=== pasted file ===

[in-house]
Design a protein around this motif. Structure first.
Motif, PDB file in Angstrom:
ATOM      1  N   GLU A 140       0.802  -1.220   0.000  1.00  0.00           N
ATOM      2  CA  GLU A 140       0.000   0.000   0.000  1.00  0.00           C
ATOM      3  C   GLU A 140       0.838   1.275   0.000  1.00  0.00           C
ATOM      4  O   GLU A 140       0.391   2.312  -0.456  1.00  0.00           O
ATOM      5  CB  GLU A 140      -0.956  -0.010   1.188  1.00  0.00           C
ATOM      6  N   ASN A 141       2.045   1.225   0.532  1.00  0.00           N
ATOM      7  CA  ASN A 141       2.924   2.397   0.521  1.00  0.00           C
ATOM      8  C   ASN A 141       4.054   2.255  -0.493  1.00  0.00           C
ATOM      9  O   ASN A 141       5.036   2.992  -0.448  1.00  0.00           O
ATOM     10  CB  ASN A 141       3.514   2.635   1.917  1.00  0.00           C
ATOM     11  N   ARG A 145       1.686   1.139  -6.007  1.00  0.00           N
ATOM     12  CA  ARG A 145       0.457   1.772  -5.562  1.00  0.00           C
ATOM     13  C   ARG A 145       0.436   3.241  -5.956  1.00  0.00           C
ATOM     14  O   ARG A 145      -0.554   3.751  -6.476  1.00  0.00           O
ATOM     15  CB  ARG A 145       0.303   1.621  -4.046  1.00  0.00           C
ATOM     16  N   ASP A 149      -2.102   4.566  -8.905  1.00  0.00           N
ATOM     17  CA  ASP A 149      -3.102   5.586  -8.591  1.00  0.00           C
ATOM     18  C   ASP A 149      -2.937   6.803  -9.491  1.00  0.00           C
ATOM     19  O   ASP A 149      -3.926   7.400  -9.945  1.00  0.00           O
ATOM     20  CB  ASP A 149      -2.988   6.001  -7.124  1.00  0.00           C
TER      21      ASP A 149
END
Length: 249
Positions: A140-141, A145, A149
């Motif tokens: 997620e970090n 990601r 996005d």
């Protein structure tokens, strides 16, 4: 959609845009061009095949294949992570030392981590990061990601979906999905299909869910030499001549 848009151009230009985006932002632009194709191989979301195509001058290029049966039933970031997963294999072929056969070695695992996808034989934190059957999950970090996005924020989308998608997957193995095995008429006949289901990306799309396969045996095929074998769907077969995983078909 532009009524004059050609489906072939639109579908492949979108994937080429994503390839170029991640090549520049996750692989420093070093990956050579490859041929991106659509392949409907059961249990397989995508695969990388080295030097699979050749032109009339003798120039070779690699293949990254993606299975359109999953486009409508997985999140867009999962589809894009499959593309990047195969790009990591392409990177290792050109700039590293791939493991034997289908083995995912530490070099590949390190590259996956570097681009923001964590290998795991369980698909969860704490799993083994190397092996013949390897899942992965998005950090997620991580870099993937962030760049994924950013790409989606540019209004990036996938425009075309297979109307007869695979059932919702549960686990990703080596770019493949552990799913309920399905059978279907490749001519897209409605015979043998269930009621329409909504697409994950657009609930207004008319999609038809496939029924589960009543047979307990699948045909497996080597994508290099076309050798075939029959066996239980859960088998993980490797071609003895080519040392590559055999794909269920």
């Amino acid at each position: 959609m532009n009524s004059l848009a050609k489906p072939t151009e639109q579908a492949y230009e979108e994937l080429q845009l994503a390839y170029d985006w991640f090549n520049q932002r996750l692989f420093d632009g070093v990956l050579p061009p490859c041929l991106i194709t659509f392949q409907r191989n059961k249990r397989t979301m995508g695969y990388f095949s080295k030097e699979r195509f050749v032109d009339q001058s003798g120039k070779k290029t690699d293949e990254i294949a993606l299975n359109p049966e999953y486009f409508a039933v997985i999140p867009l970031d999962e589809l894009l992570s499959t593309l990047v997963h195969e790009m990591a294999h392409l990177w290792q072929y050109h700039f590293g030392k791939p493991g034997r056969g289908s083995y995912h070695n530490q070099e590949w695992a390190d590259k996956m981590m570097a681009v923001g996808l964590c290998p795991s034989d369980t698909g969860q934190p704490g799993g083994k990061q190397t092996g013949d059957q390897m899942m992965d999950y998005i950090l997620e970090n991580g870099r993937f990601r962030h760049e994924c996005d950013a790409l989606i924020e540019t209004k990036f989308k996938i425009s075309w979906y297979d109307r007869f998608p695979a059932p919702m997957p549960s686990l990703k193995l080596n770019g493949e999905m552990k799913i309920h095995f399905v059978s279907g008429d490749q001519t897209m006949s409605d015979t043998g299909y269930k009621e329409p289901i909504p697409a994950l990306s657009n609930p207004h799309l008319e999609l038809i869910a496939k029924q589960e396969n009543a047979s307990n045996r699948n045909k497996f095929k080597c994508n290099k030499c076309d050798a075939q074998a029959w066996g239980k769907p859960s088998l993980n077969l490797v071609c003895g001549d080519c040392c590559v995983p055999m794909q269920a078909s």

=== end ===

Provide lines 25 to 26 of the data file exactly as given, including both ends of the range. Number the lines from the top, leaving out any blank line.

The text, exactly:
END
Length: 249